That was in response to Mayor Gray’s announcement that the Zoning Commission would not close its records until September 2014, so we weren’t able to share as much as I wanted. Here’s more:
Barton-Aschman were hired by the pre-home-rule Walter Washington administration to examine the code after the MLK assassination riots, Urban Renewal, the Metro, and freeway revolt. Not all of their comments were negative, but the technocratic, autocentric attitude that ran through the 1958 process was nowhere to be found.
These events had big impacts in the ideologies of the planning community. So, just 12 years after the code was passed, they saw a code that was plagued by assumptions that no longer applied and solutions that only seemed to make things worse:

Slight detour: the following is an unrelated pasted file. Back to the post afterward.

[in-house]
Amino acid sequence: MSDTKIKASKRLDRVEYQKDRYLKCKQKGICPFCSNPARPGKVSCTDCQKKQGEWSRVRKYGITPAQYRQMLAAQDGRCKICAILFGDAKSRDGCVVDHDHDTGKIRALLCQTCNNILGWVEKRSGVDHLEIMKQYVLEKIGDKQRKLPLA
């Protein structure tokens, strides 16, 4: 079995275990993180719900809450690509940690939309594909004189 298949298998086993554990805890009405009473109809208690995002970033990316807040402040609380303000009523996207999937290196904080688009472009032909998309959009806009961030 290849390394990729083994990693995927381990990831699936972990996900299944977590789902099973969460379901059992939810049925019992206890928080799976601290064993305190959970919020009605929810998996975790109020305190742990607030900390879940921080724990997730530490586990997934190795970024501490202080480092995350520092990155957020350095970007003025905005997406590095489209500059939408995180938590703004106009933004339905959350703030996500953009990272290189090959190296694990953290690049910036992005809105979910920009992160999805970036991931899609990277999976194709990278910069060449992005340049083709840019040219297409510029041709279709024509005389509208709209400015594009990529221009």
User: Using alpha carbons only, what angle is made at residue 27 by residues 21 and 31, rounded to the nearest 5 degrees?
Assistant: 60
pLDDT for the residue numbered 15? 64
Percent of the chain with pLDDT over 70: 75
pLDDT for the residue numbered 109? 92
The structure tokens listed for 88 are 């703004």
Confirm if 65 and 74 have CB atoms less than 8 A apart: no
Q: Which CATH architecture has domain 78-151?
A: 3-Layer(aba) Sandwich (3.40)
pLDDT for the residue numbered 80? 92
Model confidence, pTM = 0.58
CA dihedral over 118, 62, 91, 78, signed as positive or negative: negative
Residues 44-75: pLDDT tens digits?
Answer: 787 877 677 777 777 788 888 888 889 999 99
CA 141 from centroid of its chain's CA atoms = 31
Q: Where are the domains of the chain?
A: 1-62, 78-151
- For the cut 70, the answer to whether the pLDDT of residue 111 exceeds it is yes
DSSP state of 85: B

A considerable number of provisions are archaic or substandard and need to be systematically reviewed and modernized. New techniques should be developed to accommodate changing market demand, technological advances, and new social conditions and programs.
Some things changed after this report was published. Parking minimums got lower. Much of the city was downzoned. Overlays were used to make custom tweaks. A more general PUD was introduced. And certain downtown zones became more open to residential uses, making it less of a nighttime wasteland.
Still, some of the ideas these planners found outdated in the Nixon years are still are at the root of the problems the city faces today.